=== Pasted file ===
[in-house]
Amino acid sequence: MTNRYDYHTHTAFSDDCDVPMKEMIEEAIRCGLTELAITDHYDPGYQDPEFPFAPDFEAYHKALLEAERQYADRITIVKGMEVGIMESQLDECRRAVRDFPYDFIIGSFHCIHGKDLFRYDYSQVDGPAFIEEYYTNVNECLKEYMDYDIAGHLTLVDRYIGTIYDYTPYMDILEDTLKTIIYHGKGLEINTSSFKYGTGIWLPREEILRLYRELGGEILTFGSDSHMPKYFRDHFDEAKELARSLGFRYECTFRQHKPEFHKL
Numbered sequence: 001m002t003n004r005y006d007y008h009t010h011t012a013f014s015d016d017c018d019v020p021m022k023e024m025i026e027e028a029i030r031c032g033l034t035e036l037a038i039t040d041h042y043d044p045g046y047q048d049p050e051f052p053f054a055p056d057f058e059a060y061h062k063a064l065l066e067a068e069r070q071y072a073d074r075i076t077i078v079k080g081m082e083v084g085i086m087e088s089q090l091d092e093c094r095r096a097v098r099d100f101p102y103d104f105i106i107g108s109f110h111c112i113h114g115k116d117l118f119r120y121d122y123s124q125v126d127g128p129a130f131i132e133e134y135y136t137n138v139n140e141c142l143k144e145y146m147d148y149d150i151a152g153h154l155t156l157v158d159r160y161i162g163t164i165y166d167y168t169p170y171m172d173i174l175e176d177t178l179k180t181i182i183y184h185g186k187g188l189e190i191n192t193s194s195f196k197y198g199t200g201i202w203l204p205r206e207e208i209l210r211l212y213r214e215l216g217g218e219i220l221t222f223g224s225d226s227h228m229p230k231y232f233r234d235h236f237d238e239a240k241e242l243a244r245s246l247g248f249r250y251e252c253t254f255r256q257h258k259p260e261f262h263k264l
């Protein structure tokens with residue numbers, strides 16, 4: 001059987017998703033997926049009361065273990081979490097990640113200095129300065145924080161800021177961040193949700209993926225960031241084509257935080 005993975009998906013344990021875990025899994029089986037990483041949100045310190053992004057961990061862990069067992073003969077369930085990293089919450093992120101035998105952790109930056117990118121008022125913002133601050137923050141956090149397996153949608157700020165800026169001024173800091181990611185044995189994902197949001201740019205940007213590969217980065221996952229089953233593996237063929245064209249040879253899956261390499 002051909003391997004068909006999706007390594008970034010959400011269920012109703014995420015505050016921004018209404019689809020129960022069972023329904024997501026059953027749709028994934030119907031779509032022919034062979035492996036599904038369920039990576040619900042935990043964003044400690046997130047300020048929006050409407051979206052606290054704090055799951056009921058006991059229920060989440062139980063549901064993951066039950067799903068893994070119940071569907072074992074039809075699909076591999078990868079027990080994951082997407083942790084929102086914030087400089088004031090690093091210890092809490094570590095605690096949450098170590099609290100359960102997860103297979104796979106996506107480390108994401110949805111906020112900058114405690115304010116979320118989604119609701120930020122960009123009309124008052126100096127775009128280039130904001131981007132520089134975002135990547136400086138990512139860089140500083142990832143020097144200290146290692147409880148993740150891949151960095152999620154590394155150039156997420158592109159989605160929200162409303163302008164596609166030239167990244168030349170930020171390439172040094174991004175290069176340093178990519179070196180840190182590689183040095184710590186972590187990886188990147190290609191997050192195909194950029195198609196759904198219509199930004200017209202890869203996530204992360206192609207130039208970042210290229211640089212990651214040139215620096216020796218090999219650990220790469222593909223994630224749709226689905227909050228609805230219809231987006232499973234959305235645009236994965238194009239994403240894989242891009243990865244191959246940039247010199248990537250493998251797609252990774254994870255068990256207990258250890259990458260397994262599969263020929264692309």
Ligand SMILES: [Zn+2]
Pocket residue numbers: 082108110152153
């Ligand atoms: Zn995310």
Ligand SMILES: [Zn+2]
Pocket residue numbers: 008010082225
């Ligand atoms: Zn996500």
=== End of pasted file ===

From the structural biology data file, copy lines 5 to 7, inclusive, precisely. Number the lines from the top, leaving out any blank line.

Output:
Ligand SMILES: [Zn+2]
Pocket residue numbers: 082108110152153
């Ligand atoms: Zn995310």